Zimbabwe: MDC Had to Get In Or Change Course

1 February 2009

I was not surprised to see the MDC joining the Government of National Unity. In fact, I concluded so the moment that party president Morgan Tsvangirai decided to go home from Botswana earlier in the month. When an opposition party takes the option of armed struggle off the table and vests all its energies in an internal solution after all nonviolent strategies have failed, there is indeed no choice other than to participate in the GNU or sink into oblivion. The MDC National Council’s decision to participate in the GNU—whether an elopement with Zanu (PF) or traditional marriage where the festivities of a church ceremony are not the main issue but paying lobola—was merely a coup de grace. My verdict is that Mugabe had already tactically and strategically outwitted the opposition, from the very moment that the MDC agreed to participate in the talks. When you plunge into a crocodile-infested pool, make sure you know how to swim.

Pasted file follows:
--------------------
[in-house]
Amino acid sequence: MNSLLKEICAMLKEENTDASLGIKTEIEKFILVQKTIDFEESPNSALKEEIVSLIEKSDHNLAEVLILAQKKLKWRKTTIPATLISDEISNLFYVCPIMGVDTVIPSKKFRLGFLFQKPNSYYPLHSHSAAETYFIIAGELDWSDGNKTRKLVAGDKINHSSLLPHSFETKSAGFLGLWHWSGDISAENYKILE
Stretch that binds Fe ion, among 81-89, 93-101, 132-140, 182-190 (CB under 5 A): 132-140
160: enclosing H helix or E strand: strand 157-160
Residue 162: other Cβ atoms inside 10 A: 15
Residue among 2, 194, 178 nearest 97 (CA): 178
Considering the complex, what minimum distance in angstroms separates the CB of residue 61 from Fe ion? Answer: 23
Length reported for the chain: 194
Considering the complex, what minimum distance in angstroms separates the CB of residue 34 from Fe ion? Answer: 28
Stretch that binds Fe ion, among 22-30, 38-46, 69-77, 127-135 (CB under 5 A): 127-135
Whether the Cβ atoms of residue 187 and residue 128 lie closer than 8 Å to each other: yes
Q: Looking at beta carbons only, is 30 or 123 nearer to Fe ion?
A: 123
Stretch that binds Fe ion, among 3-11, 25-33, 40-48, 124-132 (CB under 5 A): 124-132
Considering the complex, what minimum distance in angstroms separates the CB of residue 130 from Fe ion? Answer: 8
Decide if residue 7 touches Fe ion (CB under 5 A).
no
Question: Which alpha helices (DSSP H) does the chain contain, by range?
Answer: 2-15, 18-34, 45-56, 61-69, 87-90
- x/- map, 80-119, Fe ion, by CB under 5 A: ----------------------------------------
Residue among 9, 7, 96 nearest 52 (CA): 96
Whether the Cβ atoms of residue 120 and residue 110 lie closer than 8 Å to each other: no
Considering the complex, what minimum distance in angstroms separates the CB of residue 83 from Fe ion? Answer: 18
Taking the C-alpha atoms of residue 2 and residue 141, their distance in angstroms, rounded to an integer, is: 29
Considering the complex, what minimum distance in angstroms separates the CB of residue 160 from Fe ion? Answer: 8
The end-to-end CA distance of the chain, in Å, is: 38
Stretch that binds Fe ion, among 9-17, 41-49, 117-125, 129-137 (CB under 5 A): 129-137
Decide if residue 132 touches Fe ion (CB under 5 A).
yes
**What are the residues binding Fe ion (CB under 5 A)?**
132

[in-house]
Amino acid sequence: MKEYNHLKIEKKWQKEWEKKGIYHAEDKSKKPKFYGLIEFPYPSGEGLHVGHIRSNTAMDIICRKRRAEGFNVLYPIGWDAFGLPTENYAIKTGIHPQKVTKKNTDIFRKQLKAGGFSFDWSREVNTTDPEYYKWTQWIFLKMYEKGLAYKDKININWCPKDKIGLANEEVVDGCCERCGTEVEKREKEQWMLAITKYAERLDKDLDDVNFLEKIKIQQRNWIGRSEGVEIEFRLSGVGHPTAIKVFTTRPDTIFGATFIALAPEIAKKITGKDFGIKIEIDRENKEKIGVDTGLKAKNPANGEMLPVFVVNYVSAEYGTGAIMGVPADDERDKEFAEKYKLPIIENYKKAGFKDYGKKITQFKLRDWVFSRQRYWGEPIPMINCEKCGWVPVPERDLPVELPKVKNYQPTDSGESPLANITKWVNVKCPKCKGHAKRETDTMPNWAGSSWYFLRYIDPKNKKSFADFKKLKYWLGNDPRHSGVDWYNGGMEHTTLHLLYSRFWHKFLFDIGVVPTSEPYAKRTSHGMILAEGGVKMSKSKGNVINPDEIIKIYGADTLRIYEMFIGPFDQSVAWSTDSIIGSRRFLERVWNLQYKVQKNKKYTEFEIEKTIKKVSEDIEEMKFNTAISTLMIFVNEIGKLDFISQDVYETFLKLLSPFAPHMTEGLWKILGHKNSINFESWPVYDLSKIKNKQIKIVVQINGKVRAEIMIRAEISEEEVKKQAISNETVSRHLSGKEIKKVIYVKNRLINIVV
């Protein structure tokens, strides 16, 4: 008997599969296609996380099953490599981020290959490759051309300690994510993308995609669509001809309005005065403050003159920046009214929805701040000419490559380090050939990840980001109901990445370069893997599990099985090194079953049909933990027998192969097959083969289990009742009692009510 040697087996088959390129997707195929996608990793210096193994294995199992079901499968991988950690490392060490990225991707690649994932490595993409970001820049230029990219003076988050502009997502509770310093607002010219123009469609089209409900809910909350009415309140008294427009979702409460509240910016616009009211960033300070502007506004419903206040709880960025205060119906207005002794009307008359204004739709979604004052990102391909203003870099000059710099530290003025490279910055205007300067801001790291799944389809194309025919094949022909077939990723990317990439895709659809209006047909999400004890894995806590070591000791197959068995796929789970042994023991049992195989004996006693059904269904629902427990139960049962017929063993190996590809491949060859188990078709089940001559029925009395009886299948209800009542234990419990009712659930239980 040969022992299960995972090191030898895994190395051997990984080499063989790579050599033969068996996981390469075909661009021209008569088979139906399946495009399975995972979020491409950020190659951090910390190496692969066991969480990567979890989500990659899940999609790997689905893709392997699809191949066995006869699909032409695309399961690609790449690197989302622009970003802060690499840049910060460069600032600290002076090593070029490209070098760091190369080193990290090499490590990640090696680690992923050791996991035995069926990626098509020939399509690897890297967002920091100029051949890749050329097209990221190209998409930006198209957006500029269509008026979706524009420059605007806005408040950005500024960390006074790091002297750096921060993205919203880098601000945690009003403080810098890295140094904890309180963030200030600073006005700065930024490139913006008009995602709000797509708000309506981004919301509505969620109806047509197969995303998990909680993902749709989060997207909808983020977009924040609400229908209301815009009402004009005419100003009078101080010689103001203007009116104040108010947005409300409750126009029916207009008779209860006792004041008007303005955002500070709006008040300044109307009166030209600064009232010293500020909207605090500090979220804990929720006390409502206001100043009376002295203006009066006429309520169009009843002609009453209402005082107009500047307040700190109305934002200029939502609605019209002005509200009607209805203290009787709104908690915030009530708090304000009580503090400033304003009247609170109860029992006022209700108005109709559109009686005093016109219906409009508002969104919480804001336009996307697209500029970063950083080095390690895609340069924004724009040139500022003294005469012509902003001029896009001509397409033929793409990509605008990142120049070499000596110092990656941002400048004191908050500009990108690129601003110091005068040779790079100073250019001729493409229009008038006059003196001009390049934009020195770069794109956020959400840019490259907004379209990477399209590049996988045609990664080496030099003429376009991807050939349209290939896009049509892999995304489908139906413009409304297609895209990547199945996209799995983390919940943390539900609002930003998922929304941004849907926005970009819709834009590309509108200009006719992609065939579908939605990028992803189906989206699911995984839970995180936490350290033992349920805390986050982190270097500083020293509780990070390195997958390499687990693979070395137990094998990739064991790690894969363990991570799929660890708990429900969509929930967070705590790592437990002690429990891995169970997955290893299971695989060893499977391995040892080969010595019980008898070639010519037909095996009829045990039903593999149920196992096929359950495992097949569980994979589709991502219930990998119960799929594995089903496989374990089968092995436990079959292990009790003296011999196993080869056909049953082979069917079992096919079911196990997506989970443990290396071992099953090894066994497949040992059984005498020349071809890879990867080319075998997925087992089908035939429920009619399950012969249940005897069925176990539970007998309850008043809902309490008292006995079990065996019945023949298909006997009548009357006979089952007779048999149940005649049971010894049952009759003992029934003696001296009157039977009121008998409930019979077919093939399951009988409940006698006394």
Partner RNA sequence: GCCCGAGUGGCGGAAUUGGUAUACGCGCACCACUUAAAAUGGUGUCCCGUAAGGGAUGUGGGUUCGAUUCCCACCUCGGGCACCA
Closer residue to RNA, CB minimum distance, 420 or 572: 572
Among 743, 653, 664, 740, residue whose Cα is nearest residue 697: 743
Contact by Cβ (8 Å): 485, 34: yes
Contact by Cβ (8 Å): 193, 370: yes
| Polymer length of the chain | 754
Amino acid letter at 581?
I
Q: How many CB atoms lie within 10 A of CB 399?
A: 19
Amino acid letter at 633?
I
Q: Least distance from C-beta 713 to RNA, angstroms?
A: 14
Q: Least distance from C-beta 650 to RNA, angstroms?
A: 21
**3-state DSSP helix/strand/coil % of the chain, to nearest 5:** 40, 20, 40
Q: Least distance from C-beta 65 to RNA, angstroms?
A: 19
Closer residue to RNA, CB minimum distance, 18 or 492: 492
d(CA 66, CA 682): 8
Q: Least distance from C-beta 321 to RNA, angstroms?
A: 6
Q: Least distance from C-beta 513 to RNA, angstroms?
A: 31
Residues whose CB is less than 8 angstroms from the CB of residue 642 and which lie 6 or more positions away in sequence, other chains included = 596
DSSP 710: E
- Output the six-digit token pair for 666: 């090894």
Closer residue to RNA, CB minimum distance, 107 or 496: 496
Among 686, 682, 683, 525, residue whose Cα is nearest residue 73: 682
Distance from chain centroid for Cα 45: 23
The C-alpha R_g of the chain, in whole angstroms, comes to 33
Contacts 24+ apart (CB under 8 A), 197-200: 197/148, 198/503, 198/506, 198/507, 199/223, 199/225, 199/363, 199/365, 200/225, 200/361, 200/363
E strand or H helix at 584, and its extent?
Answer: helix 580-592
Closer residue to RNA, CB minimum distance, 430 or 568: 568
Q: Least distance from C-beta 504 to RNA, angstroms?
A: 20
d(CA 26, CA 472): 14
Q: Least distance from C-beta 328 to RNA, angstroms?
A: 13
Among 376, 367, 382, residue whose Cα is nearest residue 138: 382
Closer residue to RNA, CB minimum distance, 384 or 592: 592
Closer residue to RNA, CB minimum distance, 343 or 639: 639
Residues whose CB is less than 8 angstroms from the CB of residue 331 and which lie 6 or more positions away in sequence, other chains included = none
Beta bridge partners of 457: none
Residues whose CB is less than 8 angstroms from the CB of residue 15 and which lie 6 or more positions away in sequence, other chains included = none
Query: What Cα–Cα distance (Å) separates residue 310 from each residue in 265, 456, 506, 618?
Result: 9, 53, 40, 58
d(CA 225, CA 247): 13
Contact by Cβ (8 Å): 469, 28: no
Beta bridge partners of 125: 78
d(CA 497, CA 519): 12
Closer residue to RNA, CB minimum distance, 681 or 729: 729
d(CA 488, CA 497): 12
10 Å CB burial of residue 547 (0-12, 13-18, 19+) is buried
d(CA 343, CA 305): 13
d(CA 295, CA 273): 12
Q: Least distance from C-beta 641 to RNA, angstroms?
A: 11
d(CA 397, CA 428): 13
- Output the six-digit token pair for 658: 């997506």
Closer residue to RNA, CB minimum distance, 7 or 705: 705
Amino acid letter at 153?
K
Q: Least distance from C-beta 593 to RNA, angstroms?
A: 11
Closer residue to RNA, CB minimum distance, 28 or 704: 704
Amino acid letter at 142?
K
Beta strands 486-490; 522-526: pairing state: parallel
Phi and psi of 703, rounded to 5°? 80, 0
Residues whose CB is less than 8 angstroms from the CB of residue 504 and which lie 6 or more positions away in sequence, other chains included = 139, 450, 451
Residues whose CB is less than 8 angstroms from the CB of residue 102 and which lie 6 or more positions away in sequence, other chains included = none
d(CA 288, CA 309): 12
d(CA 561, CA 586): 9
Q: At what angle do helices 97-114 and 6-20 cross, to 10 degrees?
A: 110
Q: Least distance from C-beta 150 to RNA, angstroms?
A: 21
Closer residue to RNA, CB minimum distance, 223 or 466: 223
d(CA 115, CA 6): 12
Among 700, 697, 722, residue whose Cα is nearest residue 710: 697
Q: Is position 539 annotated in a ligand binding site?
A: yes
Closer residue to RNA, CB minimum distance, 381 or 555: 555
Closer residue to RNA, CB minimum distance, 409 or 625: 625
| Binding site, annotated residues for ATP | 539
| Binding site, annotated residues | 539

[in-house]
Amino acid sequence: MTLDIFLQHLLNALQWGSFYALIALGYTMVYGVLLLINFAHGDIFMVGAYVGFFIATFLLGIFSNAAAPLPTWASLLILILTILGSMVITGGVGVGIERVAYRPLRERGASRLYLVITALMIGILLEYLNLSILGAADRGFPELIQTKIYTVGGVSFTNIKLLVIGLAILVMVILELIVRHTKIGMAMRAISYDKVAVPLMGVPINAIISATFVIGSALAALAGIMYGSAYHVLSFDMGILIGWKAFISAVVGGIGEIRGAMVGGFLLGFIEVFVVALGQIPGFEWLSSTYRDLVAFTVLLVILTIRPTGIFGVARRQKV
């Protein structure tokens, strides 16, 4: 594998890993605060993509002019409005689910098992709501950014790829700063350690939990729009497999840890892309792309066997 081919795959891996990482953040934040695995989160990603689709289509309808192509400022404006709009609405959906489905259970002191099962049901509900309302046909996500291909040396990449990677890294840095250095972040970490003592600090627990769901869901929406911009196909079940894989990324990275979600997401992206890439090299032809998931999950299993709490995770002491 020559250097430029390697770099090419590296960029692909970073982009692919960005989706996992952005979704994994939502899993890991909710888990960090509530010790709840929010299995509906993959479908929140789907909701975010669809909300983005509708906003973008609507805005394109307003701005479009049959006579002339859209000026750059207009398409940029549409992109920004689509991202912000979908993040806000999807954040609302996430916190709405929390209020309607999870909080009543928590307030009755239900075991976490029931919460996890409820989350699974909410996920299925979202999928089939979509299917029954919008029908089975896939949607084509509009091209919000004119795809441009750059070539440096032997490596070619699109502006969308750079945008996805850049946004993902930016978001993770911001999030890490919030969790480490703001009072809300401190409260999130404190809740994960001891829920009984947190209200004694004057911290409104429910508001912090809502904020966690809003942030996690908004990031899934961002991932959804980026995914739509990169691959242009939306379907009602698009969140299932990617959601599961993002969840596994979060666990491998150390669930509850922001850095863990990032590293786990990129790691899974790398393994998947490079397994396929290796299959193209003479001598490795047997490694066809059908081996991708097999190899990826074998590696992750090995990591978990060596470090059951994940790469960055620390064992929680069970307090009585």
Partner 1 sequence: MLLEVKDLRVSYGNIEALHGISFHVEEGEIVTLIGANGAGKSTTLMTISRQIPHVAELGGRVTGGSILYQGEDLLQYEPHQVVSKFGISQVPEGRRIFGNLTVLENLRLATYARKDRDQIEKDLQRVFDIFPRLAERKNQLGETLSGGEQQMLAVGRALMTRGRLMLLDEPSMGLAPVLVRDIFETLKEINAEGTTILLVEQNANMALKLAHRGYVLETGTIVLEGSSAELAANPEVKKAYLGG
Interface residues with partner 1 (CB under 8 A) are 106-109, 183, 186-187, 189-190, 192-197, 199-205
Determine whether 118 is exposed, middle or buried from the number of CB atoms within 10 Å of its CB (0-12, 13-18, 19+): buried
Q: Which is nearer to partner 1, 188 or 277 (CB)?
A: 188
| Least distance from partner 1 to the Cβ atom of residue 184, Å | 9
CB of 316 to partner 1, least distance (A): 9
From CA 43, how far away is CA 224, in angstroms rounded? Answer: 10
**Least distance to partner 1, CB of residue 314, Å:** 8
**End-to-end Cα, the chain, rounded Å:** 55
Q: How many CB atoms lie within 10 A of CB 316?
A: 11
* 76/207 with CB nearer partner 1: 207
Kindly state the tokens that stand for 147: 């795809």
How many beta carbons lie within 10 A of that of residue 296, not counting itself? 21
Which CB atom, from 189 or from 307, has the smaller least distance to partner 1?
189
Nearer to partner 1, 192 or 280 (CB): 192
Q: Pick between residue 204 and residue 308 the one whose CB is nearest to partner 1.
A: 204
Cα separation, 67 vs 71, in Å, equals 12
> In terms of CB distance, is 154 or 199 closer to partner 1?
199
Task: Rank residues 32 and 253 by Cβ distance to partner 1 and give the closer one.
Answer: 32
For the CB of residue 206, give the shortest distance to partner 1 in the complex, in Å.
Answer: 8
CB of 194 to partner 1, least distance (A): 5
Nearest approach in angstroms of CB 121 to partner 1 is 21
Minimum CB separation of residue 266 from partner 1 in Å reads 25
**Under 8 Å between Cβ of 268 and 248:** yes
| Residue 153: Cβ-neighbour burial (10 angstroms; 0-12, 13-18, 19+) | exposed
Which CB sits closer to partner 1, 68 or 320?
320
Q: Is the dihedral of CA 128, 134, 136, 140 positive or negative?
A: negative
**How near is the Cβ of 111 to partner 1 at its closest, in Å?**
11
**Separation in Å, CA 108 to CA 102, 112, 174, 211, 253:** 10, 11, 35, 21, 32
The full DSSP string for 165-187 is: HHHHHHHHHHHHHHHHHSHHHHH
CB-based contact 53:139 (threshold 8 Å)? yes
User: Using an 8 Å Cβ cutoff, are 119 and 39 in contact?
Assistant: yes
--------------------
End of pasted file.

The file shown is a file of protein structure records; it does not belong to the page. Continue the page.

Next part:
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Zimbabwe: What does the GNU hold for the MDC?

1 February 2009

In a piece written before the opposition MDC joined Robert Mugabe’s Government of National Unity in Zimbabwe, MIT assistant professor Clapperton Mavhunga (also a Zimbabwean national), writes that “… if the MDC decides to go in, it must not do so blindfolded, otherwise it will seal its own fate. If it stays out, it must change course.”

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The Africanist Positions on Military Funding and Service in the National Interest in African Research, Service and Studies

1 February 2009